Written by: Matt Molgaard
Joe Hill’s 20th Century Ghost works effectively as a quality contemporary narrative as well a throwback character study. Alec is a character that feels as though he walked directly out of yesteryear, and it’s hard to shake your attachment from his story. It’s quietly unnerving without doubt, and memorable for numerous reasons, perhaps the strongest being the classic drive-in essence established rather early. Perhaps it’s the sizeable struggle Alec experiences while attempting to grip life as it stands, and as it’s moved, so quickly.
This one is, on the surface a simple ghost story, but it’s actually far more complex than that and it’s laced with a descriptiveness that is downright infectious. I should note that the focal setting of the story – an old theatre, the Rosebud – is absolutely genius. If Joe aimed to resurrect the readers’ ghosts of memories past, he selected the ideal location: nothing taps the funny bone quite like an old cinema surrounding.
The parallels that run between the general haunting from Imogene Gilchrist and Alec’s own personal ghosts is terrific, and creates a relatable, almost tangible vibe. For anyone who’s ever lost a close family member, or more specifically, a sibling, this is a severely melancholy tale, as saddening as it is frightening. If you’re plagued by the fear of aging, and the uncertainties that may await… than there’s something special in this story that leaps from the page with the strength of a gymnast and slaps you right in the face. It should render you quite shaken.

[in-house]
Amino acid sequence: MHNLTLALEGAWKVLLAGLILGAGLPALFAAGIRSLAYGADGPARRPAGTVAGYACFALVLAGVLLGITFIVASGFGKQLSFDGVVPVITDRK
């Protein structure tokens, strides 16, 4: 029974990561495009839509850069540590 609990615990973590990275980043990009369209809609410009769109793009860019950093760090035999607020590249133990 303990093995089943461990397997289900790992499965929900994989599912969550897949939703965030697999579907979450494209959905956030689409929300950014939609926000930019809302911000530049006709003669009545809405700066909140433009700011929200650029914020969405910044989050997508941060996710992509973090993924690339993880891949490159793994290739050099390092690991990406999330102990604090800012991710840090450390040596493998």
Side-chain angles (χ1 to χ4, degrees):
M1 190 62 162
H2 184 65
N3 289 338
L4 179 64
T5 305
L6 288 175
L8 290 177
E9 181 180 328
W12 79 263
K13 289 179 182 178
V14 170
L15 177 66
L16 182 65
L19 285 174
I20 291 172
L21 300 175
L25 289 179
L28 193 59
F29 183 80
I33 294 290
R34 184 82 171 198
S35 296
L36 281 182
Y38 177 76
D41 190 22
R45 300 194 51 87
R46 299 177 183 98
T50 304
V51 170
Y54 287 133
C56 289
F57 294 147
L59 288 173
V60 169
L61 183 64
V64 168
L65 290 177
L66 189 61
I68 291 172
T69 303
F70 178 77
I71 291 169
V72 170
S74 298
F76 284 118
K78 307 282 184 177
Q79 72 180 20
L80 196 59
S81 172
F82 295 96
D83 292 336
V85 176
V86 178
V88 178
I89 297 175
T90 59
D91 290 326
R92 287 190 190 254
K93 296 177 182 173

There’s a very cool nod to what feels like a specific filmmaker, still pumping out gems today, but that could be me creating something that simple isn’t there. If that’s the case, well, Hill’s an even better author than I believed prior to reading this short. If you’ve read the story, you likely know precisely what I’m referring to. If you choose to read it after checking out this review, I’m confident you’ll pick up what I’m putting down… or, for that matter, what Joe’s putting down. Regardless, as a film buff, this bonus layer of the tale feels highly rewarding.
I won’t touch down on the finale of this little treasure. I’m pressed for time, and I’m not out to spoil anyone’s fun. 20th Century Ghost is a moving story that proves Joe Hill is a key player, and may well front the new school pack of horror authors. All I can really add to what I’ve told you thus far, is don’t hesitate: get your ticket to the Rosebud Theatre ASAP.